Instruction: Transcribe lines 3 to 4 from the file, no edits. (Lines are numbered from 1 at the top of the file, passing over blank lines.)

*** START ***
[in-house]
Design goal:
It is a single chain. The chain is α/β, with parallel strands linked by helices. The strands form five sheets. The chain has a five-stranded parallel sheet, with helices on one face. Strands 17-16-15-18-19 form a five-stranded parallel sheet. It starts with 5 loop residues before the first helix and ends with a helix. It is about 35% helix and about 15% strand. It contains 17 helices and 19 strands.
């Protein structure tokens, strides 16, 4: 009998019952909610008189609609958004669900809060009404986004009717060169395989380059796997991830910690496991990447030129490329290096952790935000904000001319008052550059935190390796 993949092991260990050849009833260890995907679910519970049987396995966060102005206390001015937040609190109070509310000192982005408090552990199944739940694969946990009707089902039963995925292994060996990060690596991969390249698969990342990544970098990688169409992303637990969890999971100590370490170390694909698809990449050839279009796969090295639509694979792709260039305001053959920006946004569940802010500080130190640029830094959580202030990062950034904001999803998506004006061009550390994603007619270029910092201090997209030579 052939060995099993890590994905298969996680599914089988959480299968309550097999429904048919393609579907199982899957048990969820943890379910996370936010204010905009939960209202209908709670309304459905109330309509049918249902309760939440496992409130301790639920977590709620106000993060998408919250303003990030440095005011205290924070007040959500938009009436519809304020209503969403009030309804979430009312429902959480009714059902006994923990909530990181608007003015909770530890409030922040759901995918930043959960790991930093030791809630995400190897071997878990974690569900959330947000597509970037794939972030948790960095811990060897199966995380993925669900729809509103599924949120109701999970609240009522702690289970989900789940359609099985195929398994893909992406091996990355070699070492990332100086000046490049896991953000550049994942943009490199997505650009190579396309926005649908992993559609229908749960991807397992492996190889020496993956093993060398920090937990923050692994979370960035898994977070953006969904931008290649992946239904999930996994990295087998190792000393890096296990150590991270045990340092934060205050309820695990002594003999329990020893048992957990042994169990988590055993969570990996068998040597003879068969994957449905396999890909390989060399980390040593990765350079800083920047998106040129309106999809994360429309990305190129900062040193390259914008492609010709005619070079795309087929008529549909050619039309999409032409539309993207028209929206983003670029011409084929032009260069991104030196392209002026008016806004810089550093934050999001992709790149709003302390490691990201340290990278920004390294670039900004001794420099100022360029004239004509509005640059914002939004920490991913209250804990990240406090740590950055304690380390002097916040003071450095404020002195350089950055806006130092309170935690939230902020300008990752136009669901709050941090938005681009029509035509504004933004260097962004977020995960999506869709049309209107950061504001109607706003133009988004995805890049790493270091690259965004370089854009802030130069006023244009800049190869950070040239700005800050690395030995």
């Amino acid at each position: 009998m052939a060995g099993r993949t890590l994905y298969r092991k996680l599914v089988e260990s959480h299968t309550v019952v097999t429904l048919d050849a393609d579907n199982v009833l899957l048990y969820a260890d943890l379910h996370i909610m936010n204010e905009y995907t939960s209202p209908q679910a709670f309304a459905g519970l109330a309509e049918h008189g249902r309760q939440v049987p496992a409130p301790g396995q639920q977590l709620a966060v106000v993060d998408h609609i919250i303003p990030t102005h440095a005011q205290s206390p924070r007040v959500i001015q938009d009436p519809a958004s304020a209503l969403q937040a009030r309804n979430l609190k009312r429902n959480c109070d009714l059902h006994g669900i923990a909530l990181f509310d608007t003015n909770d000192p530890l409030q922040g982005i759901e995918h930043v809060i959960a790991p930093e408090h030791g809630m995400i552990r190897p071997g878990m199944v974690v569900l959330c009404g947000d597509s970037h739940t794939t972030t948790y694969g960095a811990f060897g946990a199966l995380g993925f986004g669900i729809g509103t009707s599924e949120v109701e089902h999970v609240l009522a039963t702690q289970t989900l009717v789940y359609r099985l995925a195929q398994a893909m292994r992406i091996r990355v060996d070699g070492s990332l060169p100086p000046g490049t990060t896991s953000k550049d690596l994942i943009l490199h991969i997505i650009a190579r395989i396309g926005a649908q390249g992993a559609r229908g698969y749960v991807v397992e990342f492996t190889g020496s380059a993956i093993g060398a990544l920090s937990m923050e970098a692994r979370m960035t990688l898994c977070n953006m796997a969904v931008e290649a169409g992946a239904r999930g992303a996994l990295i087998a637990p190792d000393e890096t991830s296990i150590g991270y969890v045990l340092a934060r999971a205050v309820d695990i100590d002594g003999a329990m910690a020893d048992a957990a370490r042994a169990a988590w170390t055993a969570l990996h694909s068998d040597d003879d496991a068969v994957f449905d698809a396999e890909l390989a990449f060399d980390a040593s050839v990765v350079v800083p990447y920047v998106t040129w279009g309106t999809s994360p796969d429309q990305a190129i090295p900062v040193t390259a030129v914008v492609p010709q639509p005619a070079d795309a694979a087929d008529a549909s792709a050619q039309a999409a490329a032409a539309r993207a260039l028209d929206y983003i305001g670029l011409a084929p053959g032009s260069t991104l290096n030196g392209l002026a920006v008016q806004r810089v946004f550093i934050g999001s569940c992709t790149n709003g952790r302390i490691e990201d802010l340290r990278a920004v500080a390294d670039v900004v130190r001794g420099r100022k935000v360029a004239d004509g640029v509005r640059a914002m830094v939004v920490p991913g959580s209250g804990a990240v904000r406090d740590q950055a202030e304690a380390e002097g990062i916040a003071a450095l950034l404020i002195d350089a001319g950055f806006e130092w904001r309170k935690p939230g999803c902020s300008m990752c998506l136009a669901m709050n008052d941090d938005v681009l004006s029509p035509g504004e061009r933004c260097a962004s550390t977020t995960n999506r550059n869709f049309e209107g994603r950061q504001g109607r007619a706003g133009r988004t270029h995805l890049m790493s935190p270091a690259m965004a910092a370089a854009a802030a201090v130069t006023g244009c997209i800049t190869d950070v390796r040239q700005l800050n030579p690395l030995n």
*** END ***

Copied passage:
It is a single chain. The chain is α/β, with parallel strands linked by helices. The strands form five sheets. The chain has a five-stranded parallel sheet, with helices on one face. Strands 17-16-15-18-19 form a five-stranded parallel sheet. It starts with 5 loop residues before the first helix and ends with a helix. It is about 35% helix and about 15% strand. It contains 17 helices and 19 strands.
């Protein structure tokens, strides 16, 4: 009998019952909610008189609609958004669900809060009404986004009717060169395989380059796997991830910690496991990447030129490329290096952790935000904000001319008052550059935190390796 993949092991260990050849009833260890995907679910519970049987396995966060102005206390001015937040609190109070509310000192982005408090552990199944739940694969946990009707089902039963995925292994060996990060690596991969390249698969990342990544970098990688169409992303637990969890999971100590370490170390694909698809990449050839279009796969090295639509694979792709260039305001053959920006946004569940802010500080130190640029830094959580202030990062950034904001999803998506004006061009550390994603007619270029910092201090997209030579 052939060995099993890590994905298969996680599914089988959480299968309550097999429904048919393609579907199982899957048990969820943890379910996370936010204010905009939960209202209908709670309304459905109330309509049918249902309760939440496992409130301790639920977590709620106000993060998408919250303003990030440095005011205290924070007040959500938009009436519809304020209503969403009030309804979430009312429902959480009714059902006994923990909530990181608007003015909770530890409030922040759901995918930043959960790991930093030791809630995400190897071997878990974690569900959330947000597509970037794939972030948790960095811990060897199966995380993925669900729809509103599924949120109701999970609240009522702690289970989900789940359609099985195929398994893909992406091996990355070699070492990332100086000046490049896991953000550049994942943009490199997505650009190579396309926005649908992993559609229908749960991807397992492996190889020496993956093993060398920090937990923050692994979370960035898994977070953006969904931008290649992946239904999930996994990295087998190792000393890096296990150590991270045990340092934060205050309820695990002594003999329990020893048992957990042994169990988590055993969570990996068998040597003879068969994957449905396999890909390989060399980390040593990765350079800083920047998106040129309106999809994360429309990305190129900062040193390259914008492609010709005619070079795309087929008529549909050619039309999409032409539309993207028209929206983003670029011409084929032009260069991104030196392209002026008016806004810089550093934050999001992709790149709003302390490691990201340290990278920004390294670039900004001794420099100022360029004239004509509005640059914002939004920490991913209250804990990240406090740590950055304690380390002097916040003071450095404020002195350089950055806006130092309170935690939230902020300008990752136009669901709050941090938005681009029509035509504004933004260097962004977020995960999506869709049309209107950061504001109607706003133009988004995805890049790493270091690259965004370089854009802030130069006023244009800049190869950070040239700005800050690395030995």